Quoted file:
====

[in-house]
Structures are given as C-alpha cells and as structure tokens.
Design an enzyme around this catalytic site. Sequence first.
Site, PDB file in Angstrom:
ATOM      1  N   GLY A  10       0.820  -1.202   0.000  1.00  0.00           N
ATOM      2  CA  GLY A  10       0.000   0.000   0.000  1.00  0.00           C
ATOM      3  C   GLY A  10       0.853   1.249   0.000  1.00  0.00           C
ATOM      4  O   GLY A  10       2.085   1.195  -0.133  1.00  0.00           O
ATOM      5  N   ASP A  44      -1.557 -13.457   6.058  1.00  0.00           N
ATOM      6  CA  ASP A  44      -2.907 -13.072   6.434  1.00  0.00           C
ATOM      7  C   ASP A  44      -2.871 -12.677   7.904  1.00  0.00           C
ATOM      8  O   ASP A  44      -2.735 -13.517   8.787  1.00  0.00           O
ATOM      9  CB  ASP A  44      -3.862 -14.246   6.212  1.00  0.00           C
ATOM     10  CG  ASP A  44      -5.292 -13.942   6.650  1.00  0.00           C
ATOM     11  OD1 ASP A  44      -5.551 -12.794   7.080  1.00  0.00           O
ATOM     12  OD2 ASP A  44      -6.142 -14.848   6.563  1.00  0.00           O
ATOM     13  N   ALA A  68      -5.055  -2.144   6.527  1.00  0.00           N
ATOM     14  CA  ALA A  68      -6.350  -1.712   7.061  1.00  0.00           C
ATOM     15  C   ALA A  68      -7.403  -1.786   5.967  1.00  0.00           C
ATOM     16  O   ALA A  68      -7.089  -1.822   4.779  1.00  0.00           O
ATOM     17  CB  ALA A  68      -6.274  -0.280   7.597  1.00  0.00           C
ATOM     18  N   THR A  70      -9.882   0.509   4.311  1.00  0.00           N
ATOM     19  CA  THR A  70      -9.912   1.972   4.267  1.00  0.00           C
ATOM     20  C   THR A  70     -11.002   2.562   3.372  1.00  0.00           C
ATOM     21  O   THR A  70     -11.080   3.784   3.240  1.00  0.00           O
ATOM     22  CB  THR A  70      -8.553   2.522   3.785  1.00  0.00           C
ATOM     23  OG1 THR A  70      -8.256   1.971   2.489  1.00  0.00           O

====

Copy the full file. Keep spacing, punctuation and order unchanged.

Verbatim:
[in-house]
Structures are given as C-alpha cells and as structure tokens.
Design an enzyme around this catalytic site. Sequence first.
Site, PDB file in Angstrom:
ATOM      1  N   GLY A  10       0.820  -1.202   0.000  1.00  0.00           N
ATOM      2  CA  GLY A  10       0.000   0.000   0.000  1.00  0.00           C
ATOM      3  C   GLY A  10       0.853   1.249   0.000  1.00  0.00           C
ATOM      4  O   GLY A  10       2.085   1.195  -0.133  1.00  0.00           O
ATOM      5  N   ASP A  44      -1.557 -13.457   6.058  1.00  0.00           N
ATOM      6  CA  ASP A  44      -2.907 -13.072   6.434  1.00  0.00           C
ATOM      7  C   ASP A  44      -2.871 -12.677   7.904  1.00  0.00           C
ATOM      8  O   ASP A  44      -2.735 -13.517   8.787  1.00  0.00           O
ATOM      9  CB  ASP A  44      -3.862 -14.246   6.212  1.00  0.00           C
ATOM     10  CG  ASP A  44      -5.292 -13.942   6.650  1.00  0.00           C
ATOM     11  OD1 ASP A  44      -5.551 -12.794   7.080  1.00  0.00           O
ATOM     12  OD2 ASP A  44      -6.142 -14.848   6.563  1.00  0.00           O
ATOM     13  N   ALA A  68      -5.055  -2.144   6.527  1.00  0.00           N
ATOM     14  CA  ALA A  68      -6.350  -1.712   7.061  1.00  0.00           C
ATOM     15  C   ALA A  68      -7.403  -1.786   5.967  1.00  0.00           C
ATOM     16  O   ALA A  68      -7.089  -1.822   4.779  1.00  0.00           O
ATOM     17  CB  ALA A  68      -6.274  -0.280   7.597  1.00  0.00           C
ATOM     18  N   THR A  70      -9.882   0.509   4.311  1.00  0.00           N
ATOM     19  CA  THR A  70      -9.912   1.972   4.267  1.00  0.00           C
ATOM     20  C   THR A  70     -11.002   2.562   3.372  1.00  0.00           C
ATOM     21  O   THR A  70     -11.080   3.784   3.240  1.00  0.00           O
ATOM     22  CB  THR A  70      -8.553   2.522   3.785  1.00  0.00           C
ATOM     23  OG1 THR A  70      -8.256   1.971   2.489  1.00  0.00           O